Semarang, on the North Coast of Java, is the capital city of the province of Central Java. It lies between Jakarta and Surabaya, being 480 km east of Jakarta and 308 km to the west of Surabaya. Semarang is famous as the ‘City of Lumpia’, lumpia being a traditional food.
Formed during the 8th Century AD in the coastal area of Bergota, known also to historians as Plagota, Semarang is part of the ancient Mataram Kingdom, as mentioned in semarang.go.id. At the time, the area consisted of a group of small islands and was home to a bustling port. The islands later merged to form the mainland as a result of subsidence cluster. The lower region of the city of Semarang as it is now known was previously sea and the harbour that was estimated to be around Pasar Bulu now extends into Simongan harbour. Admiral Cheng Ho’s fleet landed in Simongan harbour in 1406 AD and in his landing place stands a once crowded temple and mosque called the Shrine of Gedong Batu (Sam Poo Kong).
As recorded in semarang.go.id, in the late 15th century, Made Pandan, the Prince of the empire of Demak, along with his son, Raden Pandan Arang, headed to the north-west coast in search of new areas for settlement. In an area, now known to be part of Bergota, the Prince cleared forests, established Islamic schools and introduced the Islamic religion. At the time the area was very fertile and produced many trees known for their acid (in the Javanese language: Asem Arang) from which the name ‘Semarang’ originated.
As the founder of the village, the Prince became head of the local area, taking the title of Kyai Ageng Pandan Arang I. After he died, he was succeeded by his son as Kyai Ageng Pandan Arang II. On May 2, 2547, a date chosen to coincide with the commemoration of the birthday of the Prophet Muhammad on the 12th of the third month of the Arabic calendar, 954 AH, Sultan Hadiwijaya passed Semarang as a city after consultation with Sunan Kalijaga. May 2 has since been celebrated as the anniversary of Semarang.
In the Dutch colonial era, Semarang developed in to one of the famous port and trade towns of the Dutch Indies. Many Dutch heritage buildings remain in Semarang, with two of the well known being the church ‘Gereja Blenduk’ and Lawang Sewu. After Indonesian independence, the development of the city became increasingly rapid. Semarang is known to be a comfortable, safe and conducive city. It has established itself as not just a trade and governance city of Central Java but one of strong growth in the size and number of universities. Amongst these is the Soegijapranata Catholic University.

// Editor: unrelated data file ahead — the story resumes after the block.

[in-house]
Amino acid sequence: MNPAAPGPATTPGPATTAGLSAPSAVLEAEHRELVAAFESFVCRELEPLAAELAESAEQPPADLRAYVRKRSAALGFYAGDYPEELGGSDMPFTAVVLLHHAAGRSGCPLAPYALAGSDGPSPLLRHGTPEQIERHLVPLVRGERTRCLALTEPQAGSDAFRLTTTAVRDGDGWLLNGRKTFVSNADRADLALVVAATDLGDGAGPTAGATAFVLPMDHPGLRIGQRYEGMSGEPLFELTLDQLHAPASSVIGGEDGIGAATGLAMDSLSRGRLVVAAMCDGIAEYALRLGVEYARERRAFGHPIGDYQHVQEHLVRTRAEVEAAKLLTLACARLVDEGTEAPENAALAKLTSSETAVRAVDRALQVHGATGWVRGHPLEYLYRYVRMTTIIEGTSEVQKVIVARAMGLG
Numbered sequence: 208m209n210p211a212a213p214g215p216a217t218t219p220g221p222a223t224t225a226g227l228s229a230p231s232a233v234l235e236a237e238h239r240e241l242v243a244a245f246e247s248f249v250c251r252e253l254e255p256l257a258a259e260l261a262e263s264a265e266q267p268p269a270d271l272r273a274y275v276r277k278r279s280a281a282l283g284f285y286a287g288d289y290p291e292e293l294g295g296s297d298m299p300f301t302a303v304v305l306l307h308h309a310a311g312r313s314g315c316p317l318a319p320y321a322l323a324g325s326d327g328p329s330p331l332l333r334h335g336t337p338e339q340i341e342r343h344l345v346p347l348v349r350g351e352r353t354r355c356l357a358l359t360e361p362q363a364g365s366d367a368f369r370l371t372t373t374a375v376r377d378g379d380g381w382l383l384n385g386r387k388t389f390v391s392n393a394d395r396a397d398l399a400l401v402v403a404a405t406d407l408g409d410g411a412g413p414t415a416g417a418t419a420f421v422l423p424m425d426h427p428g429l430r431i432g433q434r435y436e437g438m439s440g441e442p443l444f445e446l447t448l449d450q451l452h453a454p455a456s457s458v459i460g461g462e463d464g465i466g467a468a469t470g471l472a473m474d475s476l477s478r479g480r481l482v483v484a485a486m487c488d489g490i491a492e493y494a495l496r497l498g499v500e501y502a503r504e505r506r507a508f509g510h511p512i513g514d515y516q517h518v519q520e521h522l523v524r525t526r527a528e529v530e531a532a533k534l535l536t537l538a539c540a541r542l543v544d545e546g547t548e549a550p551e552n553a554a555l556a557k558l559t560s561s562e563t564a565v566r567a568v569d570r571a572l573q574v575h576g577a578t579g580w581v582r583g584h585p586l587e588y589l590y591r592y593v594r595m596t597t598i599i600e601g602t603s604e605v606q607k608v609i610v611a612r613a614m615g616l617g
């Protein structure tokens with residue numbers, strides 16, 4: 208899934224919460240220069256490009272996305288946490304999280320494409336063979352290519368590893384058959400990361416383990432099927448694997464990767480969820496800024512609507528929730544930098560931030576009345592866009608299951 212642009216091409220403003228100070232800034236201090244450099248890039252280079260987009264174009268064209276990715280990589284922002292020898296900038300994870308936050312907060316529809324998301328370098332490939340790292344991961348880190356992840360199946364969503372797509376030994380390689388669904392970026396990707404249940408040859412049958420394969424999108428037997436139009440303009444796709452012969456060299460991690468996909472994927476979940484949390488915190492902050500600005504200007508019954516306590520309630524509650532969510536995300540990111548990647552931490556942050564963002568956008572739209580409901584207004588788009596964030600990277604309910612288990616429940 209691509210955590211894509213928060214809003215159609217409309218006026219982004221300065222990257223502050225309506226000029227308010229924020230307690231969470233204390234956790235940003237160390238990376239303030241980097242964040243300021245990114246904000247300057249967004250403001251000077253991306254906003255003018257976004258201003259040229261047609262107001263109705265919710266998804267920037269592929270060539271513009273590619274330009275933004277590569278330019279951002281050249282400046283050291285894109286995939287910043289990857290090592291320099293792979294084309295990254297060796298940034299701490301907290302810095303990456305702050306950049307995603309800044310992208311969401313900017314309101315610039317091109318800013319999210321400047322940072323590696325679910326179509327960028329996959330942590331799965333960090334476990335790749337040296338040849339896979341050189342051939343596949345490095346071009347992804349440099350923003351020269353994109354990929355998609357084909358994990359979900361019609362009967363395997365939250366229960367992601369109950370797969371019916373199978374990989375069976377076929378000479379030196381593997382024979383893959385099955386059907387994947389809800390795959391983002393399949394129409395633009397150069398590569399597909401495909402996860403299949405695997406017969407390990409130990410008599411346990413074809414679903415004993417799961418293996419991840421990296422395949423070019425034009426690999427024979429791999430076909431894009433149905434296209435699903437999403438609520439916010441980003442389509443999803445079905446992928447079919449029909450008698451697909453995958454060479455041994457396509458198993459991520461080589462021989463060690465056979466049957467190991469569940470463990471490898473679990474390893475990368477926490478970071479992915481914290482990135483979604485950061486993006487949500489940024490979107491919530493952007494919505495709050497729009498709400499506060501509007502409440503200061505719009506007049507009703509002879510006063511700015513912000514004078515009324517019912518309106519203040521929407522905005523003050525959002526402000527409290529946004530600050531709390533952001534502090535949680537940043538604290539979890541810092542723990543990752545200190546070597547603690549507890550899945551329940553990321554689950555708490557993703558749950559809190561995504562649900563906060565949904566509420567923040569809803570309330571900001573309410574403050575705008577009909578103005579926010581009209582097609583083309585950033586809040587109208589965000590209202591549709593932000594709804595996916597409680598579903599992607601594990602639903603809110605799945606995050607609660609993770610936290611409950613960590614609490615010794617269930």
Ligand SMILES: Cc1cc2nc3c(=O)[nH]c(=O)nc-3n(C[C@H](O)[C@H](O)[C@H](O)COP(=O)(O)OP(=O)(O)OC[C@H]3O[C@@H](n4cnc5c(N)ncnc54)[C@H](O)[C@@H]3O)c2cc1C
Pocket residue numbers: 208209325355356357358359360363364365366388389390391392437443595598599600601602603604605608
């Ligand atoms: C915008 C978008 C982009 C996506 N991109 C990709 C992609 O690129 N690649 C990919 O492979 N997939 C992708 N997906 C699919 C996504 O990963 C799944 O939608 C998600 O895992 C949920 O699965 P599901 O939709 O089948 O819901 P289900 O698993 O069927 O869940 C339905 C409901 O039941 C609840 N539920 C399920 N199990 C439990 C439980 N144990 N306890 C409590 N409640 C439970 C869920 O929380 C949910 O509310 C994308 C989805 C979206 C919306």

Soegijapranata Catholic University (UNIKA Soegijapranata) was founded on August 5, 1982, as a continuation of the Atma Jaya Catholic University of Semarang and the Semarang Catholic Institute of Technology. Located at 100 Pandanaran Road, Bendan Duwur, UNIKA Soegijapranata was first established with the existence of three faculties: Engineering, Law, and Economics. UNIKA Soegijapranata has since grown and now offers 12 undergraduate programs and 9 Postgraduate programs- with the activities of all programs centered on the campus in Bendan Duwur. The Master programs include Management, Management Science, Environment and Urban Studies, Law with a concentration on Health Law or Professional Advocacy, Psychology Science with a concentration on Social Development and Education Psychology, Professional Psychology, Architectural Engineering focusing on urban and regional settlement architecture, and Food Technology.
Soegijapranata Catholic University is an institution of higher education subservient to the name Soegijapranata as protector of the university. Mgr. Alb. Soegijapranata, a priest and the first native archbishop, has become a national figure and hero. Born in Surakarta on November 25, 1896, he entered the Society of Jesus Mariendaal, Grave, the Netherlands, on September 27, 1920. Ordained as a priest on August 15, 1931, he was later appointed as archbishop of the Great Semarang on September 30,1940. His struggles and concerns for education are a continuation of the attitude of his teacher, Father Frans Van Lith, SJ. One of his struggles was elevating the two oldest Catholic universities, Parahyangan University, Bandung, and Sanata Dharma University, Yogyakarta, to equal status with the state university.
Mgr. Alb. Soegijapranata was also concerned with the options for the poor, which is evident through his thinking and movements. He encouraged the formation of a socio-economic organization giving full attention to empowerment of the victims of war and to those who were simply poor.
Today, the Catholic University of Soegijapranata continues the struggles and ideals of Mgr. Alb. Soegijapranata, in line with SJ as protector of the university.